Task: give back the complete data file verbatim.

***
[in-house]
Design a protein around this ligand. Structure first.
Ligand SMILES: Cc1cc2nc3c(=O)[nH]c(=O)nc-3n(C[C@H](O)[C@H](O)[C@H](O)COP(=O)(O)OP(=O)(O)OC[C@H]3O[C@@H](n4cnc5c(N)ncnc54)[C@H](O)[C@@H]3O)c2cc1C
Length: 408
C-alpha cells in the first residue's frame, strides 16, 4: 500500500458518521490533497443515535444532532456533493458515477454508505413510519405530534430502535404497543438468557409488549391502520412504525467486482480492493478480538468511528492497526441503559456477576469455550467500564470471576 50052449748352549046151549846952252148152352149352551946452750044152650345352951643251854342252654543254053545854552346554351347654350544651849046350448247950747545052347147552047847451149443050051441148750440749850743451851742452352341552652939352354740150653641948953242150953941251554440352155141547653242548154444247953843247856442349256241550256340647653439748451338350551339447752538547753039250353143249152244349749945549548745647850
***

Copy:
[in-house]
Design a protein around this ligand. Structure first.
Ligand SMILES: Cc1cc2nc3c(=O)[nH]c(=O)nc-3n(C[C@H](O)[C@H](O)[C@H](O)COP(=O)(O)OP(=O)(O)OC[C@H]3O[C@@H](n4cnc5c(N)ncnc54)[C@H](O)[C@@H]3O)c2cc1C
Length: 408
C-alpha cells in the first residue's frame, strides 16, 4: 500500500458518521490533497443515535444532532456533493458515477454508505413510519405530534430502535404497543438468557409488549391502520412504525467486482480492493478480538468511528492497526441503559456477576469455550467500564470471576 50052449748352549046151549846952252148152352149352551946452750044152650345352951643251854342252654543254053545854552346554351347654350544651849046350448247950747545052347147552047847451149443050051441148750440749850743451851742452352341552652939352354740150653641948953242150953941251554440352155141547653242548154444247953843247856442349256241550256340647653439748451338350551339447752538547753039250353143249152244349749945549548745647850